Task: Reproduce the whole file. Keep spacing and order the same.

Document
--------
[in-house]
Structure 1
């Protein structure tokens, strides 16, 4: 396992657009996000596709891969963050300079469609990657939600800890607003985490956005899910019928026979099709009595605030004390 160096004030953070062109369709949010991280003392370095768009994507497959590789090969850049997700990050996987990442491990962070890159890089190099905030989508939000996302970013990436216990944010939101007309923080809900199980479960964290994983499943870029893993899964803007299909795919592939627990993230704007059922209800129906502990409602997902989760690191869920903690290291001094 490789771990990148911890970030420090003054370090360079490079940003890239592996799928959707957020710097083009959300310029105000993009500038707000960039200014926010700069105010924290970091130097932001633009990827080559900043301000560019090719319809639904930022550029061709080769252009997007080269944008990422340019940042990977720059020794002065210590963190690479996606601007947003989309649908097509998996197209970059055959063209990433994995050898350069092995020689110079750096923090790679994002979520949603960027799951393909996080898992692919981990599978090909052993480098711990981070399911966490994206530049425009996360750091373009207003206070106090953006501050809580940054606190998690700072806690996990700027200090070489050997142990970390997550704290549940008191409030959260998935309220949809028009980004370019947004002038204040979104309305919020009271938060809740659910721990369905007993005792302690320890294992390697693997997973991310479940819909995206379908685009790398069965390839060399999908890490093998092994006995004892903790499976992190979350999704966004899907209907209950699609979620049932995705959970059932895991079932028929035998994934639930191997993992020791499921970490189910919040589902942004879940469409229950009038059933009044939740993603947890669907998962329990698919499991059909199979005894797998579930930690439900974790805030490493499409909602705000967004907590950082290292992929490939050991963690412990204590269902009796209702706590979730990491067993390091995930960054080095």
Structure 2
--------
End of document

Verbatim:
[in-house]
Structure 1
């Protein structure tokens, strides 16, 4: 396992657009996000596709891969963050300079469609990657939600800890607003985490956005899910019928026979099709009595605030004390 160096004030953070062109369709949010991280003392370095768009994507497959590789090969850049997700990050996987990442491990962070890159890089190099905030989508939000996302970013990436216990944010939101007309923080809900199980479960964290994983499943870029893993899964803007299909795919592939627990993230704007059922209800129906502990409602997902989760690191869920903690290291001094 490789771990990148911890970030420090003054370090360079490079940003890239592996799928959707957020710097083009959300310029105000993009500038707000960039200014926010700069105010924290970091130097932001633009990827080559900043301000560019090719319809639904930022550029061709080769252009997007080269944008990422340019940042990977720059020794002065210590963190690479996606601007947003989309649908097509998996197209970059055959063209990433994995050898350069092995020689110079750096923090790679994002979520949603960027799951393909996080898992692919981990599978090909052993480098711990981070399911966490994206530049425009996360750091373009207003206070106090953006501050809580940054606190998690700072806690996990700027200090070489050997142990970390997550704290549940008191409030959260998935309220949809028009980004370019947004002038204040979104309305919020009271938060809740659910721990369905007993005792302690320890294992390697693997997973991310479940819909995206379908685009790398069965390839060399999908890490093998092994006995004892903790499976992190979350999704966004899907209907209950699609979620049932995705959970059932895991079932028929035998994934639930191997993992020791499921970490189910919040589902942004879940469409229950009038059933009044939740993603947890669907998962329990698919499991059909199979005894797998579930930690439900974790805030490493499409909602705000967004907590950082290292992929490939050991963690412990204590269902009796209702706590979730990491067993390091995930960054080095």
Structure 2